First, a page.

2020: A year of challenges, but also opportunities

European Union HQ in Brussels

On September 28, 2020, the EU Commission issued a “Plan of Action” calling on all member states to embrace many changes that are so desperately needed in today’s new world.  

Many challenges have appeared on stage in 2020 and this provided an opportunity to learn and develop new strategies that will impact all parties involved with importing and well as exporting foods from the EU member states.

The challenges that force the EU commission to review customs practices and policies are the rising impact of E-commerce business, the importing of PPE products due to COVID-19, “The Brexit Change” and the increase of undervalued goods reaching the EU marketplace.

All of these challenges were researched by the Commission and they have set out the development of new business models used by Customs, relying on digitalization of documents, the financing new tools used by Custom inspectors on the front line, and identifying the need for the increased use of data for security, and risk assessment.

The EU commission has shared the layout of this new action plan with stated timelines as well as definitive actions that align with the proposed revisions. We can see the change being taken by the member states many of these actions will also bring impacts and changes to companies that rely on the fast movement of goods between EU member states as well as those goods that cross the borders.

The following list of actions is important to review so that you can understand and examine many of your current business practices to ensure that you can partner with the member states.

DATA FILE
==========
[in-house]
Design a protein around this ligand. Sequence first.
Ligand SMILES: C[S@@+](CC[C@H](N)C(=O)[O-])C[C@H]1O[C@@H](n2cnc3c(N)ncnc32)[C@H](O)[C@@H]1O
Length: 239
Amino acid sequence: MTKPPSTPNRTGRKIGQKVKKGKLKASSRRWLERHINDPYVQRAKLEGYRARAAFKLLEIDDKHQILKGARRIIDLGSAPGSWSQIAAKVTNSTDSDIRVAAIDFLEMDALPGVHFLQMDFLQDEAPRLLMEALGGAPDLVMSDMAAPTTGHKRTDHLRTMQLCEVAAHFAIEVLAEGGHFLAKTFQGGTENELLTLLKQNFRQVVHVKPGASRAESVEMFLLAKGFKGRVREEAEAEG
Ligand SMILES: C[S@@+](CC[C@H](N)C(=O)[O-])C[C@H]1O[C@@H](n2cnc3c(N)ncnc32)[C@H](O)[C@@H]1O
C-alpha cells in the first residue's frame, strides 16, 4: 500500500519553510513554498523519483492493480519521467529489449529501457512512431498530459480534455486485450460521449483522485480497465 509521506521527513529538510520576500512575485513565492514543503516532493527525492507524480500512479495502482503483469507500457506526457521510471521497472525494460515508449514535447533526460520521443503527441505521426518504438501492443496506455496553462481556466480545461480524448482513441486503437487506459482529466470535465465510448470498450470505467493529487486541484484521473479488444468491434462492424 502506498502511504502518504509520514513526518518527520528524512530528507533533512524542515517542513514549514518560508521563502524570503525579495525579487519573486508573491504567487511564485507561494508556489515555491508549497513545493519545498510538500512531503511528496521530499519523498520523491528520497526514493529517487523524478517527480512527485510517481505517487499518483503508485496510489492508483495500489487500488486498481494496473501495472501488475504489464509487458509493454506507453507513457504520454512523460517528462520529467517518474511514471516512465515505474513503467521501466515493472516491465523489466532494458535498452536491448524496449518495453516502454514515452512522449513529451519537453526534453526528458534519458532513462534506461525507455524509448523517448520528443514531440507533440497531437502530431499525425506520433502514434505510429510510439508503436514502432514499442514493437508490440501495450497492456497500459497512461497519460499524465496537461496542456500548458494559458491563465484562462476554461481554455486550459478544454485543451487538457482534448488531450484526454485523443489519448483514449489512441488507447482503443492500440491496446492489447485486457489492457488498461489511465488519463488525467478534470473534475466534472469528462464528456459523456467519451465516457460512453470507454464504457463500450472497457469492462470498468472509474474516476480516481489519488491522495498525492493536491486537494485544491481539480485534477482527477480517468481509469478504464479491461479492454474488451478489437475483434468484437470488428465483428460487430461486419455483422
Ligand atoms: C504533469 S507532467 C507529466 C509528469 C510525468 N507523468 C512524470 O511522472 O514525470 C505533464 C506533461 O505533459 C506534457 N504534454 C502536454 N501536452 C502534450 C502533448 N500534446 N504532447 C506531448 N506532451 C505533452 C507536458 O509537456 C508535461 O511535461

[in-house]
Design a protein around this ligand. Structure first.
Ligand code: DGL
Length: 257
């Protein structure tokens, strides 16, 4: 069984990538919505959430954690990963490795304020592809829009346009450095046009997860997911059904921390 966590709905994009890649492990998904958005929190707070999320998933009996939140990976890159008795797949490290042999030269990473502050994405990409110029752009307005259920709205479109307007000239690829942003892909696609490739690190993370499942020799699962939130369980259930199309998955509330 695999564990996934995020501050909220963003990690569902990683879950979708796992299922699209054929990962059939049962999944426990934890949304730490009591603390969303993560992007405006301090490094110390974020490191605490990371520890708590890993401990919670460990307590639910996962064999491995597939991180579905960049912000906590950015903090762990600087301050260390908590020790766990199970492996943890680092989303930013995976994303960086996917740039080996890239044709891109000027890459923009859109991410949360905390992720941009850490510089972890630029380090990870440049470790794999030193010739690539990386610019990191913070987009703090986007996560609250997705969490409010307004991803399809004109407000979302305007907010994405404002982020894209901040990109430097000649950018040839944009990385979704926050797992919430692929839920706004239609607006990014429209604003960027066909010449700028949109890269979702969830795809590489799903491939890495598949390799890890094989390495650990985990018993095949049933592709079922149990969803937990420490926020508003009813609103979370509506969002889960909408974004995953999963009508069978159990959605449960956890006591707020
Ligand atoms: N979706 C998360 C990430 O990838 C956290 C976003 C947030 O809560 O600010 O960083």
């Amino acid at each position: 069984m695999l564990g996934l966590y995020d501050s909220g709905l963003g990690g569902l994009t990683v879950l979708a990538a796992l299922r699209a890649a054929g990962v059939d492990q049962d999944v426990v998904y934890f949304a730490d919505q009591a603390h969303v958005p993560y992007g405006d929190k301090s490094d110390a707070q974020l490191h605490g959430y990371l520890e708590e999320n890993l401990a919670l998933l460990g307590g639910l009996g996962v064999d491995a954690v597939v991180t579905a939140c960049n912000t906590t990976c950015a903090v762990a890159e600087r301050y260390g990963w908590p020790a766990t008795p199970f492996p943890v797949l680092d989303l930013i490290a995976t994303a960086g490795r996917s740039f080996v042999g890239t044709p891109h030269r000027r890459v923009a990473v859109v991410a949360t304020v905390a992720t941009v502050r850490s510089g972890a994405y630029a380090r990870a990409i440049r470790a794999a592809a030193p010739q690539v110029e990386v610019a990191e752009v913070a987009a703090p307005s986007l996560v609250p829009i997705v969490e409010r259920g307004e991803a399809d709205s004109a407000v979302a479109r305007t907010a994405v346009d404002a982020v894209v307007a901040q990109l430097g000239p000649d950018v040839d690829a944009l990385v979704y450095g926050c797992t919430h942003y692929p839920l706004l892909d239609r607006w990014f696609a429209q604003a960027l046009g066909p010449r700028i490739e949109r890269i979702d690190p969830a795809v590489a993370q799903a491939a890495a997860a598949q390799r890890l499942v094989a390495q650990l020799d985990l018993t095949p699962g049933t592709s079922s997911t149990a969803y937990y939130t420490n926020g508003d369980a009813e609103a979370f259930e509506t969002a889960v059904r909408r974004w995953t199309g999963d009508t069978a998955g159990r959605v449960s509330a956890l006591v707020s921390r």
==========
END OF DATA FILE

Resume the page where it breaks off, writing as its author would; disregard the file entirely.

Actions include:

  • More effective customs risk management to allow more effective controls - The Commission will be developing tools within the EU Surveillance 7 electronic system to utilize its comprehensive set of import and export data to extract trends affecting the financial interests of the Union. A new and revised risk management strategy for all member countries to adopt so that better standards will be placed.
  • Managing e-commerce - Creation of direct customs access to the Eurofisc tax information hub and an analysis of the impact of e-commerce on customs duty collection and on the level playing field for EU operators.
  • Strengthening and facilitating compliance - Legislative proposal to set out more precise monitoring obligations as well as update the guidelines on member states to monitor AEO’s programs. The Commission services will extend their monitoring of the application of preferential origin rules and procedures to Free Trade Agreements and will aim to resolve with the countries involved issues arising related to weaknesses and shortcomings in the implementation of these rules and procedures. The Commission aims to enhance access to information, details guidance, technical assistance as well as education, and will also adopt implementing acts (better controls) for the market surveillance regulation, aimed at addressing products entering the EU markets (the COVID-19 crisis highlighted the need for this new action).
  • Customs working as one - The Commission will launch an impact assessment, on the pros and cons of an agency approach covering a number of customs cooperation domains, so as to decide whether to propose such an agency under the next Multiannual Financial Framework. The aim is to make Customs smarter, more agile, and technologically advanced and more crisis-proof.

 

This Action Plan by the Commission has set out an ambitious series of actions aimed at ensuring a more coherent and stronger Customs Union responding to four areas of intervention: risk management, e-commerce, compliance, and the Customs Union acting as one.  Time is short and new challenges are ever-increasing and impacting the supply chains across the globe, as such the EU Commission has spoken, and now is the time for action. 

Should you have any questions, please feel free to reach out to me directly.